More Small Raptors From North America

Everybody loves T. rex—huge, fierce, the apex of all apex species on land.  In recent decades, we’ve learned that T. rex was related to a large and diverse family of animals, large and small.

This spring researchers report a new smaller raptor that lived in North America at the end of the Cretaceous, at the time of the T. rex [3].  Dubbed Dineobellator notohesperus (which is a hacked up reference to “Navajo Warrior of the Southwest” or something like that), this species fills a hole in the fossil record, and shows that there likely were dinosaurs of all sizes flourishing together at that time.

Small, fragile animals are not preserved often in the fossil record, so we know very little about whatever little guys were running around, which makes this find significant.

The new Dineobellator was about 1 meter long (not counting the tail), and probably had feathers.  The researchers suggest that the animals were scrappy hunters and fighters, very fast and flexible.

“These rare fossils have features that suggest raptors were still trying out new ways to compete even during the dinosaurs’ last stand” [2]

There probably were a lot of smaller dinosaurs for every big one that we see in the museum.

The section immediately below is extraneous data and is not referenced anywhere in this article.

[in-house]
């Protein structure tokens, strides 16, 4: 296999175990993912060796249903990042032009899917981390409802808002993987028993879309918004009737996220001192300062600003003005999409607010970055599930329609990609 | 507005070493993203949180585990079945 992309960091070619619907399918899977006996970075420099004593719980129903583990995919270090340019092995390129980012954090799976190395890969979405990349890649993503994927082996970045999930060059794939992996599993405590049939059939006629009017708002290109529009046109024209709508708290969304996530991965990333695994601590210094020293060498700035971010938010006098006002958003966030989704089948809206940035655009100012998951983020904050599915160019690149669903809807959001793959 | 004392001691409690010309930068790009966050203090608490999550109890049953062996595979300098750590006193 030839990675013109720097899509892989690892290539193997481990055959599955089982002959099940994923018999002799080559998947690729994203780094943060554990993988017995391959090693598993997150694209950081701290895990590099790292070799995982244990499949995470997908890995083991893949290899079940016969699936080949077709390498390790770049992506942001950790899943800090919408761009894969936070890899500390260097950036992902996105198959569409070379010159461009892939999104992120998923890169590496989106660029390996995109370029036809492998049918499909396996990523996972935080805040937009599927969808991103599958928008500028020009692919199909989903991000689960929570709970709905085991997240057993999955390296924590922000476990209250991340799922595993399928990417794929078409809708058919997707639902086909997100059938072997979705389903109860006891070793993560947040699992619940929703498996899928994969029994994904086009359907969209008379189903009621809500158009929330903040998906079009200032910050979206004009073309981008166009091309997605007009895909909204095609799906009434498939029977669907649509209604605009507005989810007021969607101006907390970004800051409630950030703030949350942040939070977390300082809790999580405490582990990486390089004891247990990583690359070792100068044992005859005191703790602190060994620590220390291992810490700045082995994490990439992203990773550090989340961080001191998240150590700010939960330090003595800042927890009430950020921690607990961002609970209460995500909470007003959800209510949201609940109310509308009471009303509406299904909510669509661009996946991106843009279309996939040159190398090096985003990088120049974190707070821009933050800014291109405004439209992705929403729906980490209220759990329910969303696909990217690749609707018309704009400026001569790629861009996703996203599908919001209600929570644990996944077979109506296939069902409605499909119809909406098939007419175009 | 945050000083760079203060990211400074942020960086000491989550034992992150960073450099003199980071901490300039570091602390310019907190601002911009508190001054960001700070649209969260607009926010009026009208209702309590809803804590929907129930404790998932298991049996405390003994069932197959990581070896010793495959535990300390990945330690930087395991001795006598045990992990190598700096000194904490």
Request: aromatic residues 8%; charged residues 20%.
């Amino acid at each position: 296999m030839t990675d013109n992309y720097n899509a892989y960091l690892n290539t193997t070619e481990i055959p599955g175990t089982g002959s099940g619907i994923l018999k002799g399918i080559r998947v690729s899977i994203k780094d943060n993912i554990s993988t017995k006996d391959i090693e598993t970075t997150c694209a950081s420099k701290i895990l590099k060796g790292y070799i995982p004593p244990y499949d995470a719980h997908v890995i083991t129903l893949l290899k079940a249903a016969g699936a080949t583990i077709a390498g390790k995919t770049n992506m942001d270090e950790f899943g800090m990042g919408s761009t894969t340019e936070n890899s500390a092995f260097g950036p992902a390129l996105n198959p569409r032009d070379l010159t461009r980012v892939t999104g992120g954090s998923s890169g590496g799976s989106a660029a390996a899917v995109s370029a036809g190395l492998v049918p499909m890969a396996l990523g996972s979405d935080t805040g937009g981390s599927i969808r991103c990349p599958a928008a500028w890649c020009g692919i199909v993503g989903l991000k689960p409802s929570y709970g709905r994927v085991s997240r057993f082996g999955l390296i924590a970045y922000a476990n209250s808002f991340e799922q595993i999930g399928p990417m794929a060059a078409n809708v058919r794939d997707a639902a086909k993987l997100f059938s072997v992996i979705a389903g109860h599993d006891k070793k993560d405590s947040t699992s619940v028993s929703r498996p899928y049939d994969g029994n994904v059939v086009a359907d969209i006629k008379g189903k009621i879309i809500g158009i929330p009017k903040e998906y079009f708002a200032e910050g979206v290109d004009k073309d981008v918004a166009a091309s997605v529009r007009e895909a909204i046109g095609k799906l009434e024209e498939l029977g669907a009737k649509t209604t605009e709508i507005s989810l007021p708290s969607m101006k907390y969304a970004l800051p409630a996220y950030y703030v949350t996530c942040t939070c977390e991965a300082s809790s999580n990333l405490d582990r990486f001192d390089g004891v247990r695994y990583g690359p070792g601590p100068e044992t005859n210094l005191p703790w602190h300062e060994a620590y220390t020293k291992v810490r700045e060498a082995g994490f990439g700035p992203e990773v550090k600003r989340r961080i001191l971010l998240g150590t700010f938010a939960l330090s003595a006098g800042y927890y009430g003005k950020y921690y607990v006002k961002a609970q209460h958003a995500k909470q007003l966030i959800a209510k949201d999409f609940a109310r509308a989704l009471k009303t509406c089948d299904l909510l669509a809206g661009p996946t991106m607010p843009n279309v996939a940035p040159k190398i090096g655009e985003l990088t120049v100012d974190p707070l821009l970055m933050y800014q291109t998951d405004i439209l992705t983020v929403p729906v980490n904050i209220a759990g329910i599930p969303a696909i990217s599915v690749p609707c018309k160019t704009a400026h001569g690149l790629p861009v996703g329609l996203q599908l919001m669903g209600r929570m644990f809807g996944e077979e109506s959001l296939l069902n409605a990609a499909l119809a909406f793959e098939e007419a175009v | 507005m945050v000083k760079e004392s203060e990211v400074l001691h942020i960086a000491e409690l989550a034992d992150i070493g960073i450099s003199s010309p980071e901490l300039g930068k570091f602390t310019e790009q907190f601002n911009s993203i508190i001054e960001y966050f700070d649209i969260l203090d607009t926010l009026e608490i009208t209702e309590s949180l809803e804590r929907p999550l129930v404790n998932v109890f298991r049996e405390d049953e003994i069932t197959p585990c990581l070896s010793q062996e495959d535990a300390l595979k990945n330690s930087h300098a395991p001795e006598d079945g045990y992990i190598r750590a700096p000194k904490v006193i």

Reconstruction of Dineobellator notohesperus and other dinosaurs from the Ojo Alamo Formation at the end of the Cretaceous Period in New Mexico by Sergey Krasovskiy. This reconstruction shows three Dineobellator near a water source, with the ceratopsid Ojoceratops and sauropod Alamosaurus in the background. (Image Credit: Sergey Krasovskiy) (From [2])

  1. Becky Ferreira, Fossils Show Raptors Prowled North America Late in Dinosaurs’ Era, in New York Times. 2020: New York.
  2. Brian Handwerk, New Feathered Carnivorous Dinosaur Found in New Mexico, in Smithsonian Magazine, March 26, 2020.
  3. Steven E. Jasinski, Robert M. Sullivan, and Peter Dodson, New Dromaeosaurid Dinosaur (Theropoda, Dromaeosauridae) from New Mexico and Biodiversity of Dromaeosaurids at the end of the Cretaceous. Scientific Reports, 10 (1):5105, 2020/03/26 2020.

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